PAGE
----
I guess the market for the HX50 is the private owner who doesn't fly much. Hence the R66 makes no sense as it costs £700,000 and you have to pay a lot (£270,000 ?) for a rebuild after 12 years.

Whereas the HX50 is £500,000 and has no "rebuild clock ticking" as soon as you buy it.

Other options are Hughes 500 (expensive, cramped), Bell 206 (expensive, old), EC120 (expensive, unpowered), AS350 (v expensive)

....which is probably why Hill has so many orders! (that, and the 4 axis AP and glass cockpit)
NEVER going to happen for 500K…. NEVER. (Unless you accept huge losses of course…. I mean, theoretically you can give a helicopter away for free..)
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Old 7th Apr 2022, 23:19
  #425 (permalink)  
 
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Originally Posted by casper64 View Post
NEVER going to happen for 500K…. NEVER. (Unless you accept huge losses of course…. I mean, theoretically you can give a helicopter away for free..)
I am pretty familiar with the light end of the helo certification standards. I find it hard to understand why folks have put money down on a single engine aircraft that will be demonstrably less safe than a Robinson or Bell. There is rrally no prior demonstrated performance to justify the trust in the Hill team. Have they certified a part 27 aircraft or a part 33 engine? Or developed a certified or TSO’d cockpit suite? Or even made a flying prototype of anything?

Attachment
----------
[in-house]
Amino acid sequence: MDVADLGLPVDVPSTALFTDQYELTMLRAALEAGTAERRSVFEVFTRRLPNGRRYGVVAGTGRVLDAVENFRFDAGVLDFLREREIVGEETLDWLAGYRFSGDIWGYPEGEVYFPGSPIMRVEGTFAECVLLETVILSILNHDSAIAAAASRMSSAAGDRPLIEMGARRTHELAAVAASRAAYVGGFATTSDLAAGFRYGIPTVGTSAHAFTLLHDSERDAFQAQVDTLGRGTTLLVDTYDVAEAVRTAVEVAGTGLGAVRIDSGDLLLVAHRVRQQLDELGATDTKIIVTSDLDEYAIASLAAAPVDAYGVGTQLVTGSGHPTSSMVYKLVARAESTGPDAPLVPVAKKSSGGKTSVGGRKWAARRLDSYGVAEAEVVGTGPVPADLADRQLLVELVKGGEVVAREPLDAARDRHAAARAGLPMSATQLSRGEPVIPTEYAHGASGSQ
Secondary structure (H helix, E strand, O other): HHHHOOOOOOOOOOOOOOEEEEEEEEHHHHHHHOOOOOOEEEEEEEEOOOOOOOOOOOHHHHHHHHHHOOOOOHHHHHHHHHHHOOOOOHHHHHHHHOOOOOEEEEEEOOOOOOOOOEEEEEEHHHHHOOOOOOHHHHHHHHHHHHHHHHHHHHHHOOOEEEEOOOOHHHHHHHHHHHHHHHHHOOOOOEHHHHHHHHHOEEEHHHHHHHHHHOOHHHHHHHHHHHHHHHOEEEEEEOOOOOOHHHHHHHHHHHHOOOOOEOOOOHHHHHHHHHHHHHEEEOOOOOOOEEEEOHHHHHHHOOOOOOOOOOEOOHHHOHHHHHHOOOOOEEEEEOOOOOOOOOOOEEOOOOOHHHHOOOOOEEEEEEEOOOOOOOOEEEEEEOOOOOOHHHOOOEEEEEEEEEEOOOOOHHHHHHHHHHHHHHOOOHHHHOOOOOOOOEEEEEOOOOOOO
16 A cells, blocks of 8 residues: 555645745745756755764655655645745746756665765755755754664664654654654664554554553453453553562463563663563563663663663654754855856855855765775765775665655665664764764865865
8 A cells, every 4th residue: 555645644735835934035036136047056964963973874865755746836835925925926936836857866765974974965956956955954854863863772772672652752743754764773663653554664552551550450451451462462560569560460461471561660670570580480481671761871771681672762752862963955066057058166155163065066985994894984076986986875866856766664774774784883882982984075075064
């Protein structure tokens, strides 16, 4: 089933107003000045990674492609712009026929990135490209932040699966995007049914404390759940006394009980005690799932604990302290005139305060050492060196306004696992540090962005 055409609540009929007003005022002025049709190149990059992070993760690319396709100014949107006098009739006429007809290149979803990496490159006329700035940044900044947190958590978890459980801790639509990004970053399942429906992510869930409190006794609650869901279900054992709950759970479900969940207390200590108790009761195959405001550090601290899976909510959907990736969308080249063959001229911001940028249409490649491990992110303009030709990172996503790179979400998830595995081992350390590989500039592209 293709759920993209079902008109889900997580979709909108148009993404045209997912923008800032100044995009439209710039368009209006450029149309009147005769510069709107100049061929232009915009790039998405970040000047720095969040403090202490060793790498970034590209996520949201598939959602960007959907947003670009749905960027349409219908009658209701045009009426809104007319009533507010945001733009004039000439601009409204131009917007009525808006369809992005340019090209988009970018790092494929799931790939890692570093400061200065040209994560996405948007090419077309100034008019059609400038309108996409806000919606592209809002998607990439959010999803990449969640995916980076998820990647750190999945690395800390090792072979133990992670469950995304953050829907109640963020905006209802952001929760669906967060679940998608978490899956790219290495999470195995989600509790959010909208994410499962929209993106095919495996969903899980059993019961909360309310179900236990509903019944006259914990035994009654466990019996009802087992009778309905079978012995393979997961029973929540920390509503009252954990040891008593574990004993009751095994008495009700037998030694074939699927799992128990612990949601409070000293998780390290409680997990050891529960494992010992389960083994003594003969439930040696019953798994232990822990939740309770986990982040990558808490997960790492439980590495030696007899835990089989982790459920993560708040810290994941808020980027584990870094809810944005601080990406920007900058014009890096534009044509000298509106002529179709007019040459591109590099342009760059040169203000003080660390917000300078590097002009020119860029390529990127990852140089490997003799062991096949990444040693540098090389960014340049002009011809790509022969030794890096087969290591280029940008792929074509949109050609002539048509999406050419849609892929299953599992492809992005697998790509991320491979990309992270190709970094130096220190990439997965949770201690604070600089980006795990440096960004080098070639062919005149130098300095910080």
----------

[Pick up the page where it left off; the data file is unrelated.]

It is hard enough to get insurance on private use single engine helicopters certified to latest standard and amendment… this will be impossible to insure and nearly impossible to certify even if they surprise everyone and get one into the air.



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Old 8th Apr 2022, 00:23
  #426 (permalink)  
 
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It will be very difficult to insure, you're right. Some owners may just not insure it and accept the risk, but I think most will insure it for a year or two (at very high prices) and then stop.